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ConnectionString with MSDE Case-Sensitive?

      
I'm using MSDE release A that serves as a local storage for caching.
I've setup another instance for my msde database.
Whenever I connect to the msde database, using the connectionstring property in SqlConnection(ADO.Net),
setting the Data Source Property to :
"Data Source="(LOCAL)\INSTANCENAME";Initial Catalog=Toys;User ID=sa;Password=foo;Persist Security Info=False;"

Opening the sqlconnection returns an sql exception saying "SQL Server does not exist or access denied."

however, setting datasource (local) to lowercase like :
"Data Source="(local)\INSTANCENAME";Initial Catalog=Toys;User ID=sa;Password=foo;Persist Security Info=False;"

opens the connection and works, lowercase (local) and . works but uppercase (LOCAL) doesn't!!!

I didn't encounter this problem in SQL Server...
Is MSDE case-sensitive?

mark duran
Thursday, April 21, 2005

I don't know the answer but answering these questions might help to explain what is going on:

If (local) is replaced with a server name, is that case-sensitive in the MSDE scenario as well?

Are the two (MSDE and SQL Server) instances that you are comparing set up as case-sensitive or case-insensitive?

Are the two instances that you are comparing using the same protocols?

If the quotes are removed from the Data Source specification then is the MSDE scenario still case-sensitive?

Does the SQL Server scenario that you are comparing with have quotes around the Data Source specification?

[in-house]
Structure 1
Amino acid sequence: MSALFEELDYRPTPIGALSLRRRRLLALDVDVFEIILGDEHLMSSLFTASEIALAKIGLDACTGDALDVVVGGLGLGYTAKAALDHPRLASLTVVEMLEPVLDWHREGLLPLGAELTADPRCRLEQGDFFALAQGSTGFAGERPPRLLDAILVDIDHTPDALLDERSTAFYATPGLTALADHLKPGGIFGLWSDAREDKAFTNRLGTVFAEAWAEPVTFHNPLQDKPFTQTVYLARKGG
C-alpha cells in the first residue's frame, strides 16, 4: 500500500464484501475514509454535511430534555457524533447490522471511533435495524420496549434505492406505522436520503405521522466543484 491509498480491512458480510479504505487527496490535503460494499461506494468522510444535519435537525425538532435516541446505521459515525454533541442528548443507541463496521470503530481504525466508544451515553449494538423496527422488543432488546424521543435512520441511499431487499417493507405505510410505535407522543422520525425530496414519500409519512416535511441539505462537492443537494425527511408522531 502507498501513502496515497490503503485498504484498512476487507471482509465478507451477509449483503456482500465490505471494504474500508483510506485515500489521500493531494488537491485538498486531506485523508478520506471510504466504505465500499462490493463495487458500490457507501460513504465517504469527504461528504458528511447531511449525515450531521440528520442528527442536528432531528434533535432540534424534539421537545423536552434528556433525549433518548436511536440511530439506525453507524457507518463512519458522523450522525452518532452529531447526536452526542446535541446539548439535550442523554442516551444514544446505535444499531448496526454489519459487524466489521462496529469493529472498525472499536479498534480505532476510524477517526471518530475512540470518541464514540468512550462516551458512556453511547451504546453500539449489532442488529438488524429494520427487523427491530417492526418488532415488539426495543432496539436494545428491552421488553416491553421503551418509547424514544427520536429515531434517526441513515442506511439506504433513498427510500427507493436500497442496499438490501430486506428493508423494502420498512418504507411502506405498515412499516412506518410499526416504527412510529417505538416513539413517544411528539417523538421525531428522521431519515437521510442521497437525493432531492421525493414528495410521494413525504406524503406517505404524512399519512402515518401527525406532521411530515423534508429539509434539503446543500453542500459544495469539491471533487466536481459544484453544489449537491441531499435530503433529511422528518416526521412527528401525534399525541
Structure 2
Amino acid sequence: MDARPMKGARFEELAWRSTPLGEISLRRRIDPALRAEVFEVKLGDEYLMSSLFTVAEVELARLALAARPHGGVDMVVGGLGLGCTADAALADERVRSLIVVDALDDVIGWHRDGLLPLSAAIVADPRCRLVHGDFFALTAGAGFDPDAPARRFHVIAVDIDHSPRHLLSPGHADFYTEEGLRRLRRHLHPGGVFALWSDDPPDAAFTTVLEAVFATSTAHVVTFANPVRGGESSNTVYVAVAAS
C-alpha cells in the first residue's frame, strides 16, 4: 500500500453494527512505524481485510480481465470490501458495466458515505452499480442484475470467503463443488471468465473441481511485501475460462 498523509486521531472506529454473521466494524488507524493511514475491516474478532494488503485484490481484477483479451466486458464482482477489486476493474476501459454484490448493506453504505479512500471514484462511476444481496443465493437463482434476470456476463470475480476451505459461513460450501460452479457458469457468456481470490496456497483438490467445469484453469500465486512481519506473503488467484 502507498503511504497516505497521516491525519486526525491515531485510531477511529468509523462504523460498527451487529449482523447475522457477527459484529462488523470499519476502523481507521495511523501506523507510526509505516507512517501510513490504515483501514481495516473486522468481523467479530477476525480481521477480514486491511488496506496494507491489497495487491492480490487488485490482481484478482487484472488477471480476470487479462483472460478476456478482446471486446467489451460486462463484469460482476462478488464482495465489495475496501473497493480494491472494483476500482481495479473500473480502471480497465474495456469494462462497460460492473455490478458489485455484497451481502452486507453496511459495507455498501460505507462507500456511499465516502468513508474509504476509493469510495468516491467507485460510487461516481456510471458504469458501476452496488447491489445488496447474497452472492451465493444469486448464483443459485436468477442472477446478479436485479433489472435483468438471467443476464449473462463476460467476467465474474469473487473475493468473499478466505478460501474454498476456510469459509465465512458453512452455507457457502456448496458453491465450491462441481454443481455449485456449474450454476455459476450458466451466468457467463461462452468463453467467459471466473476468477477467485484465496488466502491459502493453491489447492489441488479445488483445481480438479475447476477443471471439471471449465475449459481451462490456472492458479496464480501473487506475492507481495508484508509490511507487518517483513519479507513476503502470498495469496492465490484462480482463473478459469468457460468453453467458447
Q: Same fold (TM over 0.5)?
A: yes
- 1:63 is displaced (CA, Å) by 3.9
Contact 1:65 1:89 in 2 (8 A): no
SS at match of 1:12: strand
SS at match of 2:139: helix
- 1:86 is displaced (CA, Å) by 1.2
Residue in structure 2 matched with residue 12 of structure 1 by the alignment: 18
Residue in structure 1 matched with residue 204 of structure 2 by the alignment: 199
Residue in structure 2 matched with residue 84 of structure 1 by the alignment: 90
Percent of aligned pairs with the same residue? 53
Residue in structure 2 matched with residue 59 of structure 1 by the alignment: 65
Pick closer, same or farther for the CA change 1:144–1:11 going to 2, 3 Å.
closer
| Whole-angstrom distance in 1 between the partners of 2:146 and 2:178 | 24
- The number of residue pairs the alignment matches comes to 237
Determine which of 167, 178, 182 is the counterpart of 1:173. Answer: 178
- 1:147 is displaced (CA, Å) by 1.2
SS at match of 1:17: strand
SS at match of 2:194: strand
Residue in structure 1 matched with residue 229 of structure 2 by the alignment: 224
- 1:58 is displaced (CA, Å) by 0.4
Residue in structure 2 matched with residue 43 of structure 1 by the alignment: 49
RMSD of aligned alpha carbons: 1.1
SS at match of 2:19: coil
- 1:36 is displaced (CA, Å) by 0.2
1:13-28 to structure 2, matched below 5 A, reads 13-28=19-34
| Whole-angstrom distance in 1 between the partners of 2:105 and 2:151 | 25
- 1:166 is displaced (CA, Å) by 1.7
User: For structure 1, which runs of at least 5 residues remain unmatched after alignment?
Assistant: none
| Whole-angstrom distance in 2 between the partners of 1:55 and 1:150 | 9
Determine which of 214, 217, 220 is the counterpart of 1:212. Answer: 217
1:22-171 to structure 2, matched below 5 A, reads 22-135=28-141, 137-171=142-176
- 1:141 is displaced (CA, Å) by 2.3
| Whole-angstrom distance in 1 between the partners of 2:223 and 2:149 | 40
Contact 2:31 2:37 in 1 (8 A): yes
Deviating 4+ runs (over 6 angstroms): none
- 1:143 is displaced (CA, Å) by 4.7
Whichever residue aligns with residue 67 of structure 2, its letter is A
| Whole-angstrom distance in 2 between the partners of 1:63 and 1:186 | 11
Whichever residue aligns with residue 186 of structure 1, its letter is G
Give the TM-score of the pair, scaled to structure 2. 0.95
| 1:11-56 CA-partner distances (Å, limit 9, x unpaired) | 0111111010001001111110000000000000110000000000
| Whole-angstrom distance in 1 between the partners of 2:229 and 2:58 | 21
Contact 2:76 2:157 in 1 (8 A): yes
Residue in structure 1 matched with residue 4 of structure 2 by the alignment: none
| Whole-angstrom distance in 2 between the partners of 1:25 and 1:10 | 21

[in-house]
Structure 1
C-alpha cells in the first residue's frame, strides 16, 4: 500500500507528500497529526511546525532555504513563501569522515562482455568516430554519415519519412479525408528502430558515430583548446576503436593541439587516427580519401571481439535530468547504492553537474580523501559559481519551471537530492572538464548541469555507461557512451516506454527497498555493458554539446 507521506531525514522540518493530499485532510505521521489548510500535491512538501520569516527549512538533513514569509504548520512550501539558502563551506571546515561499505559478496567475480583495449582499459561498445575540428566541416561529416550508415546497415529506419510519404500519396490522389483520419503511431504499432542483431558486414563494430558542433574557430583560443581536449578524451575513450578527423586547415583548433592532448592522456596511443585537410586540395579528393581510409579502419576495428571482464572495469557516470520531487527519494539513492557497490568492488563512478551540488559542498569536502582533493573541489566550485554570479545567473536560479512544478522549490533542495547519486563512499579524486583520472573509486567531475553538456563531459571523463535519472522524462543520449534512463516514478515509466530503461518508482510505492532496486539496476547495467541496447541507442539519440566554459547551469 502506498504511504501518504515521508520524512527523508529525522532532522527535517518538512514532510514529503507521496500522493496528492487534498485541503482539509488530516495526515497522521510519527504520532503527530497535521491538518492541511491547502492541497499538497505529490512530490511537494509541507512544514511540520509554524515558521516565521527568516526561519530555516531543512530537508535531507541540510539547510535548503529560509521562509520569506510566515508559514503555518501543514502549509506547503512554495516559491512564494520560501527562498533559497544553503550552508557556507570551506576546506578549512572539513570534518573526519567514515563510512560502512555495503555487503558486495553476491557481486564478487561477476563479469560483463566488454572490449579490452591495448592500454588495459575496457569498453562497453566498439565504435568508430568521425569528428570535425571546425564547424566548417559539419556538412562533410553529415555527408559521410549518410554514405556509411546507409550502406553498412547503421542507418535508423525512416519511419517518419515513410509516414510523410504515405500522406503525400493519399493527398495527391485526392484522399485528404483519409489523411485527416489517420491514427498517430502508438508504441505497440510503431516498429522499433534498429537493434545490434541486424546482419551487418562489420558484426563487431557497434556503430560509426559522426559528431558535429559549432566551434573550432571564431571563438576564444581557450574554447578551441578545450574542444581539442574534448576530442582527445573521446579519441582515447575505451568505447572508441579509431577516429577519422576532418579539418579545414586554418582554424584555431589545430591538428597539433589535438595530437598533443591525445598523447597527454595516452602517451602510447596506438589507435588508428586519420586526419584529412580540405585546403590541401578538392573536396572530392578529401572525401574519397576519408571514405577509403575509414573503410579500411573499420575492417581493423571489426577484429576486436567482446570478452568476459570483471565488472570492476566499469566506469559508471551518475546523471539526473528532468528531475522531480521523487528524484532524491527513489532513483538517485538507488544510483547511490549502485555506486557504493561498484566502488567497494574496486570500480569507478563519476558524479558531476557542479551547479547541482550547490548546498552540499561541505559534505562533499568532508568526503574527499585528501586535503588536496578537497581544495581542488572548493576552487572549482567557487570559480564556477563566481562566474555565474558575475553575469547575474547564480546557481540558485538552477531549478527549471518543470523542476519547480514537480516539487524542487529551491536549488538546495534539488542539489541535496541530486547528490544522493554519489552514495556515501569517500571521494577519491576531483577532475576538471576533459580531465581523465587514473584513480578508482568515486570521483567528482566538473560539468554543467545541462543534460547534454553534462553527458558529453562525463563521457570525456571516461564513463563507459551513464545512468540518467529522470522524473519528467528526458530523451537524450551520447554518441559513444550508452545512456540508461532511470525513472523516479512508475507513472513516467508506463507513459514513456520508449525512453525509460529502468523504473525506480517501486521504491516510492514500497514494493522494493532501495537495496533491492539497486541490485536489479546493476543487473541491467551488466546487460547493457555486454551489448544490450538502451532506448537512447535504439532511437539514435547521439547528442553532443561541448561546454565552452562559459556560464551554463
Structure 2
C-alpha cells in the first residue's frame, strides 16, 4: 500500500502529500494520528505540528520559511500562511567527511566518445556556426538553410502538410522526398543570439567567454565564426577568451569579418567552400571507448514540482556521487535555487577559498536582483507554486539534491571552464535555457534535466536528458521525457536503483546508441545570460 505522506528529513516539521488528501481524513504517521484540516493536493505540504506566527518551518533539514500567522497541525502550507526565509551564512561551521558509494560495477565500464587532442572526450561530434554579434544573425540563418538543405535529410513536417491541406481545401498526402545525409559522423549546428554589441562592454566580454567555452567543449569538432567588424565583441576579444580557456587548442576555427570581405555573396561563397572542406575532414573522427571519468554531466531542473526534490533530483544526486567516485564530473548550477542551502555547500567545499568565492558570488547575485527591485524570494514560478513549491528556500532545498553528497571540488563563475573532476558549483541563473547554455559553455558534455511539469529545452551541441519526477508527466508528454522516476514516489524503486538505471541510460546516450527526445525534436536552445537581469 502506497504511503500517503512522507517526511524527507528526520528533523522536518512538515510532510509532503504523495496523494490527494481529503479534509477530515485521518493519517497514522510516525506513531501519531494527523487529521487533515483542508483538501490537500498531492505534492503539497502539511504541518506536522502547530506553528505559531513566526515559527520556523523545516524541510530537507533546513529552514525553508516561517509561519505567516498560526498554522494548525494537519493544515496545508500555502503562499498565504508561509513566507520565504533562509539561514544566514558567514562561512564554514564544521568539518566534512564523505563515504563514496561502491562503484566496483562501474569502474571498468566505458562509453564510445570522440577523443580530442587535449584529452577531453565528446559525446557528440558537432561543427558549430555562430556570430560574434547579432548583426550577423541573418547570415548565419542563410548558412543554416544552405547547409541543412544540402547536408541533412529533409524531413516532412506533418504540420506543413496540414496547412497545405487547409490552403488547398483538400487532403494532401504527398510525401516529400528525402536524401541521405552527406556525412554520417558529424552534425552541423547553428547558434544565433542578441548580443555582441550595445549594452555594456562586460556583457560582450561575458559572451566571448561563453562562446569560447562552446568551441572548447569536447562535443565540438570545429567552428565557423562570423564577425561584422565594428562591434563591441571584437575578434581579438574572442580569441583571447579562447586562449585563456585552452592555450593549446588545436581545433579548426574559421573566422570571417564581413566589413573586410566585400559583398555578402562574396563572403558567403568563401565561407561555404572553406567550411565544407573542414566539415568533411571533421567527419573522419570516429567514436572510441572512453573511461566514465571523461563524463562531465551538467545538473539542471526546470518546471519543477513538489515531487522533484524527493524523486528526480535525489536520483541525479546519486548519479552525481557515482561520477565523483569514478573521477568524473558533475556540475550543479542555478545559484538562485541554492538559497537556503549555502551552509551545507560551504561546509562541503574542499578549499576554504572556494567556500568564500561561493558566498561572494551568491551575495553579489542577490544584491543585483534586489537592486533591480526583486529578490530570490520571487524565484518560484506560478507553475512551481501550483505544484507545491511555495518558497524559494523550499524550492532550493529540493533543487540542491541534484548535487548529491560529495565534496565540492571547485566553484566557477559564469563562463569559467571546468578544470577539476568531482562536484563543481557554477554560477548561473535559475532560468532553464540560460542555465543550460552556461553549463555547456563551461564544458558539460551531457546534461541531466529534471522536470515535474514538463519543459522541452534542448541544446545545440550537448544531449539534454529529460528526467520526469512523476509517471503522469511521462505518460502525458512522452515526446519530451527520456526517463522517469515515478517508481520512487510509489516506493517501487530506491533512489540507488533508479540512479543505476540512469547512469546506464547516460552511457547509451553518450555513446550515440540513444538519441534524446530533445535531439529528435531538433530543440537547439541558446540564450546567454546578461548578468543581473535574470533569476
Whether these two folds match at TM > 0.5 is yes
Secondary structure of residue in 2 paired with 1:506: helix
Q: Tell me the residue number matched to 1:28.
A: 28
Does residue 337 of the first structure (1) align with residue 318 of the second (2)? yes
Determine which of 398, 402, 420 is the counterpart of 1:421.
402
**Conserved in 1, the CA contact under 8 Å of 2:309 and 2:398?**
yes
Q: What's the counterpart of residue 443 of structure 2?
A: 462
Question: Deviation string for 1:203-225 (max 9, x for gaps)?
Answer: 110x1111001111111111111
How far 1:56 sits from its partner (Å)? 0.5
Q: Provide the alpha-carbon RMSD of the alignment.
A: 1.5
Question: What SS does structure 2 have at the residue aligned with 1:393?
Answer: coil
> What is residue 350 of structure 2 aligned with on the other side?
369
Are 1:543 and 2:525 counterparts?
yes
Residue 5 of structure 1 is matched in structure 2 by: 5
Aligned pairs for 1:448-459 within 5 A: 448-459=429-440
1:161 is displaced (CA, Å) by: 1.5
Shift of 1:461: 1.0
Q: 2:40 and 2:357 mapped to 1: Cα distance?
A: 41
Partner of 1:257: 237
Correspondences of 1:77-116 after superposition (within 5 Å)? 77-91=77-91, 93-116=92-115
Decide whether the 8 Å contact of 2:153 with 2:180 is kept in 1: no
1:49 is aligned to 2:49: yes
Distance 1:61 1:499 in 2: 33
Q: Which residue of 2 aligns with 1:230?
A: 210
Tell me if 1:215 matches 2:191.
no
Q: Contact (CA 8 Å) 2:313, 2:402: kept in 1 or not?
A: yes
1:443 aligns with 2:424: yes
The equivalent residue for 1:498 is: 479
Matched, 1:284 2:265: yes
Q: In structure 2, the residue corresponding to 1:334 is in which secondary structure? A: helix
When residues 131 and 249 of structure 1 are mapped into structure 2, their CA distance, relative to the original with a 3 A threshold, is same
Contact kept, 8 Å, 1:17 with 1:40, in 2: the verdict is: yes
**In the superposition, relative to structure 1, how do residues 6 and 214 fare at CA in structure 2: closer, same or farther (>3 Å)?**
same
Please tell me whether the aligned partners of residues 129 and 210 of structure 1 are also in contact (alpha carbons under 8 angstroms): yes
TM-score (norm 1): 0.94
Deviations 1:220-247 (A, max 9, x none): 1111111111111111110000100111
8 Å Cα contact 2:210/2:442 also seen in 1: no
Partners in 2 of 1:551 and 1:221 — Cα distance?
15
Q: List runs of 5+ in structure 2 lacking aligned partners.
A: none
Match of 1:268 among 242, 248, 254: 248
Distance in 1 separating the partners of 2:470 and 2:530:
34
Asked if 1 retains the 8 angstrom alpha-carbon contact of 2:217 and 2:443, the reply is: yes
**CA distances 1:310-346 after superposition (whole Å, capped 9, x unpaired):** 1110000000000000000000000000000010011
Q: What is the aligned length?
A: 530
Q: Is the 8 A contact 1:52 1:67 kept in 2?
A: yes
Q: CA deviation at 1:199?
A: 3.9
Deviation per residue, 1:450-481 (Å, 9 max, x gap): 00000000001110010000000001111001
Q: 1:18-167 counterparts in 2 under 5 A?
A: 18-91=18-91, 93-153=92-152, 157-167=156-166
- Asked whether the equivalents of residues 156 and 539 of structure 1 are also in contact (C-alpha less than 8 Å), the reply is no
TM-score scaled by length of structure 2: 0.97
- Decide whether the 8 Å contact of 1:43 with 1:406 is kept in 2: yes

Mike Green
Friday, April 22, 2005

Thanks Mike, to answer your questions :
* If (local) is replaced with a server name, is that case-sensitive in the MSDE scenario as well?
- servername works fine, as in MYCOMPUTERNAME\INSTANCENAME, works, .(dot) and (local) lowercase works. only uppercase doesn't

* Are the two (MSDE and SQL Server) instances that you are comparing set up as case-sensitive or case-insensitive?
- case-insensitive, executing sp_helpsort on both the sql server database and msde to get the collation would get:
Latin1-General, case-insensitive, accent-sensitive, kanatype-insensitive, width-insensitive for Unicode Data, SQL Server Sort Order 52 on Code Page 1252 for non-Unicode Data

* If the quotes are removed from the Data Source specification then is the MSDE scenario still case-sensitive?
    - removing the quotes behaves the same way with the uppercase (LOCAL)..

* Are the two instances that you are comparing using the same protocols?
- don't know, how can I tell?

* Does the SQL Server scenario that you are comparing with have quotes around the Data Source specification?
  - yes, removing quotes would work as well.

I need to find out what's causing this weird behavior.
I think it's not the msde database, but with ADO.Net don't know why, but I'm looking in that direction.

mark duran
Friday, April 22, 2005

Mark,

I thought that you would find a difference in the setup of your two configurations that would explain the discrepancy but it sounds as though you haven't. You can check on the protocols being used with the 'Server Network Utility' and the 'Client Network Utility'. If both of your configurations are only using local clients then in theory you'll be communicating via the shared memory protocol. See the following for more info:

http://support.microsoft.com/?kbid=814130

The only other question I thought of after posting is:
Is the SQL Server 2000 instance a named instance or the default unnamed instance? There is a very slim chance that it could make a difference if the connection was mapping to the default unnamed instance.

I'm inclined to agree with you that the difference in case sensitivity behaviour occurs before the connection reaches the database. Assuming that your two configurations are not both on the same single machine, I'd check for differences between machines in the following next:

- Windows type/version including patch level
- MDAC/ADO version including patch level
- .NET Framework version and patch level

Good luck.

Mike Green
Friday, April 22, 2005

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